“In particular, among those between the ages of 35 and 44,” Wilson said. “I believe that the Latinx death rate was as much as almost nine times higher than it was for white Americans in that same age category.”

The findings hold true across all age groups. Wilson says the disparity is likely linked to Latinos being more likely to work in front-line industries and more likely to have a complicating health conditions like diabetes or obesity.

Wilson says the findings show that an equitable policy response needs to account for these disparities.

Tucson nonprofit gets $1M donation to help families during pandemic

Fronteras Desk

Two donors, the Open Society Foundations and an anonymous giver, donated $1.25 million to the Sunnyside Foundation to help immigrant families affected by the pandemic.

The foundation has said the money will go toward helping families who otherwise were denied federal aid.

Tucson Mayor Regina Romero noted that some of those denied federal aid are otherwise regarded as essential workers.

The funds will be used to provide those families assistance with meals, utilities and rent.

Navajo Nation reports 14 new coronavirus cases and no deaths


WINDOW ROCK — Navajo Nation health officials have reported 14 new confirmed cases of COVID-19 but no additional deaths. That brings the total number of people infected to 9,500 with the known death toll still at 484 as of Wednesday.

Navajo Department of Health officials say 90,064 people have been tested for the coronavirus and 6,989 have recovered.

The Navajo Nation lifted its stay-at-home order last Sunday, but is encouraging residents to leave their homes only for emergencies or essential activities. Much of the Navajo Nation has been closed since March as the coronavirus swept through the reservation that extends into New Mexico, Utah and Arizona.

Learn more here.

Arizona utilities ask customers to reduce electricity use


PHOENIX — Arizona’s three largest electric utilities are asking customers to reduce power use as a heat wave cooking the West sends demand soaring. Arizona Public Service Co, Tucson Electric Power and the Salt River Project urged customers to avoid using major appliances from 3 p.m. to 8 p.m. Wednesday, raise their home thermostats to limit use and turn off unnecessary power. SRP says a major power line was put out of commission by a wildfire.

All three electricity providers said they have enough power now but urged conservation. Utilities in Nevada and California are also seeing heavy demand and urging people to cut power use.

Learn more here.

Border Patrol arrests US citizen, 10 immigrants in Yuma


YUMA — Border Patrol agents in southern Arizona have arrested a U.S. citizen after allegedly attempting to smuggle 10 Mexican immigrants.

The Yuma Sun reported that U.S. Customs and Border Protection authorities conducted immigration checks on a group of people waiting for an Amtrak train in downtown Yuma on Wednesday around 2 a.m. Agents apprehended eight Mexican citizens who were illegally present in the country and a 19-year-old U.S. citizen who drove the group to the station. Two more Mexican citizens who were found hiding in the woman’s truck.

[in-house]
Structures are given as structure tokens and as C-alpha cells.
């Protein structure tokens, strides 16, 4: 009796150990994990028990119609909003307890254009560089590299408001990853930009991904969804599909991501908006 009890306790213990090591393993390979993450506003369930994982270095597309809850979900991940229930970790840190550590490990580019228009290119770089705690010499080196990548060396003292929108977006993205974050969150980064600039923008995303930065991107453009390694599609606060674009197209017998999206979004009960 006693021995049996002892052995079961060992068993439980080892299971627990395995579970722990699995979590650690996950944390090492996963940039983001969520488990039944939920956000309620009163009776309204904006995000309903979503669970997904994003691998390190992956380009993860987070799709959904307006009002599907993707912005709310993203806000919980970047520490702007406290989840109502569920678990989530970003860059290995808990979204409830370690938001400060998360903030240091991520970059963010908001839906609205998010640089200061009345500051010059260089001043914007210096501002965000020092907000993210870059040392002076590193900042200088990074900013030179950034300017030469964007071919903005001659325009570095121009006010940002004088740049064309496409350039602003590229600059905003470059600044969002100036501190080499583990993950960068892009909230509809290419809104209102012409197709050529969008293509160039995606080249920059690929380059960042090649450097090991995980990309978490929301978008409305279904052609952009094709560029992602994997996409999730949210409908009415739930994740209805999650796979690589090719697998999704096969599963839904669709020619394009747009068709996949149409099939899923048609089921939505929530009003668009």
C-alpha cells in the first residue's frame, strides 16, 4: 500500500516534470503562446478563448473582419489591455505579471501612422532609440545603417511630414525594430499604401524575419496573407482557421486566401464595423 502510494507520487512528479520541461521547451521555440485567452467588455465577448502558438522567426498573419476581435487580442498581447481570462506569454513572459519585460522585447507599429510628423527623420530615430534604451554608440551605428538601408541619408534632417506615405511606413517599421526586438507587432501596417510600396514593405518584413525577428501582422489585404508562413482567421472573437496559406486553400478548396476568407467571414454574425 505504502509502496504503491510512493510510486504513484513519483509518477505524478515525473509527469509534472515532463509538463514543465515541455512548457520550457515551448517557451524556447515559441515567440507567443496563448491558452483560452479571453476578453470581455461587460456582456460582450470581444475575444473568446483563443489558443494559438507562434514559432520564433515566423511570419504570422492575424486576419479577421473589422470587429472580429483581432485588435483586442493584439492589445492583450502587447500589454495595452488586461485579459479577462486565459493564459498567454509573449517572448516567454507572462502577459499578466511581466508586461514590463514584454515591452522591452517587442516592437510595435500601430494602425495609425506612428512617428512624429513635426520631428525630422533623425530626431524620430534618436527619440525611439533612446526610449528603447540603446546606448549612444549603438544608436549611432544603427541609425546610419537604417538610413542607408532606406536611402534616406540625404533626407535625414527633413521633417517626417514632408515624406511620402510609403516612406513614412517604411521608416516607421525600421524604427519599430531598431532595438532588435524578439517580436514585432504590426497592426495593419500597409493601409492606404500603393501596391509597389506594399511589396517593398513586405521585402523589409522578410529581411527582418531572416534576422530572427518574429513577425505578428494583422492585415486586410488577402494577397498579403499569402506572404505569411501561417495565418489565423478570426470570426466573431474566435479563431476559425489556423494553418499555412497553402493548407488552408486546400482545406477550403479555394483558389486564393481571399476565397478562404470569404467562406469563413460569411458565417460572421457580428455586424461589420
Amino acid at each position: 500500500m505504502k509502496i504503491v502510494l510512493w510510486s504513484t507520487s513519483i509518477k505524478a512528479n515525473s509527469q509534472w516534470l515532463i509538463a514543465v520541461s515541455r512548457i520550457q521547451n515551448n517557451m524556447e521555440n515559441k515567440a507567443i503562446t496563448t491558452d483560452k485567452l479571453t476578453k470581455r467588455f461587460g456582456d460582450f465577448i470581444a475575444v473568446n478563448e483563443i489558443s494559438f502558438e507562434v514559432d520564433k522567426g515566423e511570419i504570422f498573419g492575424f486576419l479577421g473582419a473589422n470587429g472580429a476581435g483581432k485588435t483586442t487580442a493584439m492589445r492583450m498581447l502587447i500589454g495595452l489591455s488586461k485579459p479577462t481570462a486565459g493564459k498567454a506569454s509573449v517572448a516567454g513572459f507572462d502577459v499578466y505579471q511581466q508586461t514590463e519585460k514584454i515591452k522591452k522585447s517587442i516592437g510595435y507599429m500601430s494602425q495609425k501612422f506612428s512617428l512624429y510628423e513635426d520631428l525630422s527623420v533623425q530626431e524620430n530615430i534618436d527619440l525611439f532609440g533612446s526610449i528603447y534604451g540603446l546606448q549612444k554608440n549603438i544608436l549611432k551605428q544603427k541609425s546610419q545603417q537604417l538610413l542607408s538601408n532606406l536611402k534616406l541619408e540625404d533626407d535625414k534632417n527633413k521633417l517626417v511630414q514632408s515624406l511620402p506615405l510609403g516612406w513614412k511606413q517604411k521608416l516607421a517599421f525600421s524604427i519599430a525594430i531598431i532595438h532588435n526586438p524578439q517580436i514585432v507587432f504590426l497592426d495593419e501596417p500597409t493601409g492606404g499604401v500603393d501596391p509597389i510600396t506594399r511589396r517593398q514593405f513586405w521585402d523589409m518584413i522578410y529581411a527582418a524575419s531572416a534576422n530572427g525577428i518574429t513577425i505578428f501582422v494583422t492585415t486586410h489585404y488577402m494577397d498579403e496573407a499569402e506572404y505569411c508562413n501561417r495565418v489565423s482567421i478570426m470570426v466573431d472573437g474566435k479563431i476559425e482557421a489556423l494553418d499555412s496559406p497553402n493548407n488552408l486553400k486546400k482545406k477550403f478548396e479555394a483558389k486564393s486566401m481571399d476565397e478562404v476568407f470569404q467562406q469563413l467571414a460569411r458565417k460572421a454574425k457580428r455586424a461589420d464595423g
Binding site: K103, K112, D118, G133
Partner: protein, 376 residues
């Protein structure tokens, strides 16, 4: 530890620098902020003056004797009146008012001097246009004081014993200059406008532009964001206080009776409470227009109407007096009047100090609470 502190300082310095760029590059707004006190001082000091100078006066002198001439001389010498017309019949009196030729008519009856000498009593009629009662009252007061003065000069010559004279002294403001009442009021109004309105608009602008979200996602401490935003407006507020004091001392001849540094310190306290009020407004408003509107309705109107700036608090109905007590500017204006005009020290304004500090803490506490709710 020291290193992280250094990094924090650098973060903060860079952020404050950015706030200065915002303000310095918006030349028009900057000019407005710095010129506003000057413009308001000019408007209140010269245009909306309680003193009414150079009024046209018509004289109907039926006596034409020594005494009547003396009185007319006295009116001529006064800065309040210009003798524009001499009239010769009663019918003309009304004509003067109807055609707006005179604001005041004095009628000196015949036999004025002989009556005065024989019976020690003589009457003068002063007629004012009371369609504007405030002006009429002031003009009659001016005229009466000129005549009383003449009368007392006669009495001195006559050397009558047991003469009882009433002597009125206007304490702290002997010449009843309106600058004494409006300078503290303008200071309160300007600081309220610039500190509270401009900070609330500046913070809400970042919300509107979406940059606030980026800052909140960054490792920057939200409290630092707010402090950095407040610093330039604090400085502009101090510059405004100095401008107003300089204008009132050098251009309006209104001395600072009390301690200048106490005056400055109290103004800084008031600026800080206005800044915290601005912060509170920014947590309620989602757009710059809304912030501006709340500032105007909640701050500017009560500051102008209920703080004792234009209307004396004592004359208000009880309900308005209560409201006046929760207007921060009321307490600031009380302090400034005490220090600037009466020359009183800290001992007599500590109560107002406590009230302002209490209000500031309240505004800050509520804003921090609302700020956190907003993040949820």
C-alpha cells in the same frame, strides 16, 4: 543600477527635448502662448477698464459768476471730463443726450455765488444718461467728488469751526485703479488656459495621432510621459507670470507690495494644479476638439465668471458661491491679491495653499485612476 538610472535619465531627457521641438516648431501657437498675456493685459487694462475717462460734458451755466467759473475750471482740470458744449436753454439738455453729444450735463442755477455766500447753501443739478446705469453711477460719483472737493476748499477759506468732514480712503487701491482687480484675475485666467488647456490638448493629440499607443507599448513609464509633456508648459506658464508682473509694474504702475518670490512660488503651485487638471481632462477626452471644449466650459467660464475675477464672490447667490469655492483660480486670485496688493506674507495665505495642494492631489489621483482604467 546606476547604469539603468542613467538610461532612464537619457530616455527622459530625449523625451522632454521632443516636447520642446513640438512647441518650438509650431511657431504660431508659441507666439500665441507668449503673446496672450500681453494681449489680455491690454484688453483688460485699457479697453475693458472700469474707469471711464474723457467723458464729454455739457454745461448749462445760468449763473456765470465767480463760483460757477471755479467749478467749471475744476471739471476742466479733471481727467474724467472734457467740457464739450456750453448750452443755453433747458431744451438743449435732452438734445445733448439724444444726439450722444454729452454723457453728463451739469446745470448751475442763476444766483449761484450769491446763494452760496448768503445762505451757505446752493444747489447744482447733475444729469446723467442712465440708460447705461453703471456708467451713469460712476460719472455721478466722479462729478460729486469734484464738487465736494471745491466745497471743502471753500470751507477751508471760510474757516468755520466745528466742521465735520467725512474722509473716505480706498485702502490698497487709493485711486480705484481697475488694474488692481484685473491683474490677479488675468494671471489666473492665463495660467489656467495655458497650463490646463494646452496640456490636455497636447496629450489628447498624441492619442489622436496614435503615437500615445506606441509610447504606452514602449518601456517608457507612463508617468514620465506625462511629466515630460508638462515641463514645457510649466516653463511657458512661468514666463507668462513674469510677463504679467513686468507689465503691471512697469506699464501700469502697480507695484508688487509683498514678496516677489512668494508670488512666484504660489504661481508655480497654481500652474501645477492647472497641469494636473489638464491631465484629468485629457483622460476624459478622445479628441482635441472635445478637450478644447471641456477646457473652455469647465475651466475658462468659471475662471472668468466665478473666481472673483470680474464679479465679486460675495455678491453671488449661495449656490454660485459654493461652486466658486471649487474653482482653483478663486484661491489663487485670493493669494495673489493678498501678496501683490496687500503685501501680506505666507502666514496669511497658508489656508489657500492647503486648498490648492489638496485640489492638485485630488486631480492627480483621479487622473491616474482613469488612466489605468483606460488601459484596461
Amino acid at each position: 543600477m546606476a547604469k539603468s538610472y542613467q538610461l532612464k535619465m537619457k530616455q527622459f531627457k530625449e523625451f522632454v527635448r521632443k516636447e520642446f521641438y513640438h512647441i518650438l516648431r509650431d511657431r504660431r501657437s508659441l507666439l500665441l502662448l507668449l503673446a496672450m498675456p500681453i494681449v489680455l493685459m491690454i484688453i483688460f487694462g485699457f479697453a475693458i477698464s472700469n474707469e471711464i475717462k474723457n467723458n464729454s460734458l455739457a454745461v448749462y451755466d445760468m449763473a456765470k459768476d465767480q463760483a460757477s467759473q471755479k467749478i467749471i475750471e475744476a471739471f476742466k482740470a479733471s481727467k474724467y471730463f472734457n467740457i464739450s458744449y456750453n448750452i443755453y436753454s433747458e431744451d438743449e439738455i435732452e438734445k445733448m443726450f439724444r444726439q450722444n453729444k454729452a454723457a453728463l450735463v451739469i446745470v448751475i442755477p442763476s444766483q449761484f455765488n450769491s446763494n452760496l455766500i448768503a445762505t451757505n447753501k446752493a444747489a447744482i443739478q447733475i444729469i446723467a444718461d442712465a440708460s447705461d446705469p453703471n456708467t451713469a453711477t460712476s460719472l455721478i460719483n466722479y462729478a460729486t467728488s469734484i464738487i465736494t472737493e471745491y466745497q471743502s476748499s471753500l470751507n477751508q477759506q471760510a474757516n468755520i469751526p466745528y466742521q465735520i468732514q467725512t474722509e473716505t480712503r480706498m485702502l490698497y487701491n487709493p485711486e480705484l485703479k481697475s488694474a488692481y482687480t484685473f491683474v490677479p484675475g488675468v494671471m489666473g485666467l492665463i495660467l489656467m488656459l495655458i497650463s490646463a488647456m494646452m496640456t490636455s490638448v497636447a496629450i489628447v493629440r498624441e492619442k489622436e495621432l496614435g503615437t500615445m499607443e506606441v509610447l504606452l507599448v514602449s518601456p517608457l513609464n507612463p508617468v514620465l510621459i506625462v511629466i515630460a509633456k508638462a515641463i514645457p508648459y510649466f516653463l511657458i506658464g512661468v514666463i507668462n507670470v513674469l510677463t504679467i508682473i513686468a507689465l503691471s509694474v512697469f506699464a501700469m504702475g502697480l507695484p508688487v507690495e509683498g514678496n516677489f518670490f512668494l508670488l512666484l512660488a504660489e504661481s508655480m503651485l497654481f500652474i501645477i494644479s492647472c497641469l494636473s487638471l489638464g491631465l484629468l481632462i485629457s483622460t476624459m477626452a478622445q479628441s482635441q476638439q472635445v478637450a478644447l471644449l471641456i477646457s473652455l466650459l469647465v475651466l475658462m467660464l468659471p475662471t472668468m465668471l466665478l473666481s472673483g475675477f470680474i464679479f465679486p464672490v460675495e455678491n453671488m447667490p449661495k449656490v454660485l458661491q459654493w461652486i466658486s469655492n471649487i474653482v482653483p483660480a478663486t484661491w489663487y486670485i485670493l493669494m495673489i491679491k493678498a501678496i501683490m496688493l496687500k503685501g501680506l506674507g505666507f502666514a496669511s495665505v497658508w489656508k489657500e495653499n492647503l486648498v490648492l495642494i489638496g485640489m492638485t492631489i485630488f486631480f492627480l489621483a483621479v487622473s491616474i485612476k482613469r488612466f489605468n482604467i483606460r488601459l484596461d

The vehicle was seized and all 10 immigrants were removed from the country for immigration violations.

Video shows Muslim man's faith mocked during fatal arrest


PHOENIX — An advocacy group has released what they say is previously unseen body camera footage showing Phoenix police mocking the religion of a Black Muslim man who later died in their custody.

Muslim Advocates, a national civil rights organization, released video Thursday from the 2017 death of Muhammad Abdul Muhaymin Jr. Muhaymin can be heard crying out in pain and calling for Allah. An officer is then heard saying “Allah? He's not going to help you right now.”

The 43-year-old was arrested in January 2017 after a dispute over whether he could bring his service dog into a community center bathroom. His family is suing the city.

Learn more here.

By posting comments, you agree to our
AZPM encourages comments, but comments that contain profanity, unrelated information, threats, libel, defamatory statements, obscenities, pornography or that violate the law are not allowed. Comments that promote commercial products or services are not allowed. Comments in violation of this policy will be removed. Continued posting of comments that violate this policy will result in the commenter being banned from the site.

By submitting your comments, you hereby give AZPM the right to post your comments and potentially use them in any other form of media operated by this institution.
Arizona Public Media is a service of the University of Arizona and our broadcast stations are licensed to the Arizona Board of Regents who hold the trademarks for Arizona Public Media and AZPM. We respectfully acknowledge the University of Arizona is on the land and territories of Indigenous peoples.
The University of Arizona